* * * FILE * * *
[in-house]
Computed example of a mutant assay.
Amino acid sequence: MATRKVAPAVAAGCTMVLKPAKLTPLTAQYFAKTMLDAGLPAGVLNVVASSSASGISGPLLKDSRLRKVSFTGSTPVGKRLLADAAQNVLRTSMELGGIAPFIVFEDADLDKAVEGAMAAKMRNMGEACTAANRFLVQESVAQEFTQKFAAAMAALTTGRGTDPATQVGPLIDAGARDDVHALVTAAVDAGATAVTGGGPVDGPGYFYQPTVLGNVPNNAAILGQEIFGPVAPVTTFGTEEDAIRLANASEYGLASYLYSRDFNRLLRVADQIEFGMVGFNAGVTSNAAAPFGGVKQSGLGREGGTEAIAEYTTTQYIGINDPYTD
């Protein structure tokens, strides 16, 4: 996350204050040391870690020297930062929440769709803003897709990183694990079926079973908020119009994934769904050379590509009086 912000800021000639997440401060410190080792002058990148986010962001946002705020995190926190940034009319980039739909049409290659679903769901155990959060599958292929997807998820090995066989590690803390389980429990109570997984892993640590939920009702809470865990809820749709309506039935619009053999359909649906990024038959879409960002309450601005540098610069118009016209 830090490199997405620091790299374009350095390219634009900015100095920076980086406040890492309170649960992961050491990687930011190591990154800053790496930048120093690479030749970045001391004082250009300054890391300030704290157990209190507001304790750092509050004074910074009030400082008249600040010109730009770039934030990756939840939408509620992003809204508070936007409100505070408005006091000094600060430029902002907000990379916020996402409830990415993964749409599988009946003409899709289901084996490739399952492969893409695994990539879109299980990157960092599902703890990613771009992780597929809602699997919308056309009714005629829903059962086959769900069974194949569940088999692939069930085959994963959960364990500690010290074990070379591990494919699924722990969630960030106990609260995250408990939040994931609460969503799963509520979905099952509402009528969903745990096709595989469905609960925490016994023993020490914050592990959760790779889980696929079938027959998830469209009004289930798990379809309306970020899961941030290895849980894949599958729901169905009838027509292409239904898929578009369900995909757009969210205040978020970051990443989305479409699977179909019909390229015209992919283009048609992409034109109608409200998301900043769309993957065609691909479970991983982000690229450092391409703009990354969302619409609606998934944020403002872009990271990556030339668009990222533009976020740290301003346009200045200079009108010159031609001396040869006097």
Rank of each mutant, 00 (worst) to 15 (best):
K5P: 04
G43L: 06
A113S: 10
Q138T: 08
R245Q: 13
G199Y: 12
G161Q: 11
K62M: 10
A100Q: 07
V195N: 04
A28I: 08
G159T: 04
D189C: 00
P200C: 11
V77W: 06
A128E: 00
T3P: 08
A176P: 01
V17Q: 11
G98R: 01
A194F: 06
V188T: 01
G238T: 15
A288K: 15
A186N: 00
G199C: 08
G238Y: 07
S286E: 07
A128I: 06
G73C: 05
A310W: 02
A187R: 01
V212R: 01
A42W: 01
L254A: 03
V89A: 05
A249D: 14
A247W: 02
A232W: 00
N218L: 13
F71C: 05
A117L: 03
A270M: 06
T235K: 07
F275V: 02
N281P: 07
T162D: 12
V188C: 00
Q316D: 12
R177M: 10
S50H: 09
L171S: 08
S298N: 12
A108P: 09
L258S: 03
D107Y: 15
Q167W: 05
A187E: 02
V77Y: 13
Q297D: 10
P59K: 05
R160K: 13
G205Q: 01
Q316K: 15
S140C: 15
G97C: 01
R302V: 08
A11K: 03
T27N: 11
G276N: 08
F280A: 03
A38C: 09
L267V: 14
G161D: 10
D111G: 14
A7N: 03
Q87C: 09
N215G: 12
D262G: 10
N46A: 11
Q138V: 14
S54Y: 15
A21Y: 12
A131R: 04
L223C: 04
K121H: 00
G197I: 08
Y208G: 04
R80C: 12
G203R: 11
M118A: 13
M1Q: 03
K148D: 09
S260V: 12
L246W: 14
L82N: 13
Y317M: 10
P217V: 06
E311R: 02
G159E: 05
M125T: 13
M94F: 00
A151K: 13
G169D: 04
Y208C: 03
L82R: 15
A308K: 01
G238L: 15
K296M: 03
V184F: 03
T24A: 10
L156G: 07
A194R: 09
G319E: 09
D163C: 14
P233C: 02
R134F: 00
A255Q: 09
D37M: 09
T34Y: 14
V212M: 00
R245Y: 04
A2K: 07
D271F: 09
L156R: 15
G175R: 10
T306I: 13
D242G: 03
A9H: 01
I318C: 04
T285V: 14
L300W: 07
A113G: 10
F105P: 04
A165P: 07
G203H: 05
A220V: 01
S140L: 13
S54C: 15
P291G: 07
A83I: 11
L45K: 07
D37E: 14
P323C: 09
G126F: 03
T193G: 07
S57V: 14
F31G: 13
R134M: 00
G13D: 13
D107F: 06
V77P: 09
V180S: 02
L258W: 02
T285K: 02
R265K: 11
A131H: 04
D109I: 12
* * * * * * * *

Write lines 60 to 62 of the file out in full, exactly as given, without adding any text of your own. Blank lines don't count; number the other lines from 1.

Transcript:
L258S: 03
D107Y: 15
Q167W: 05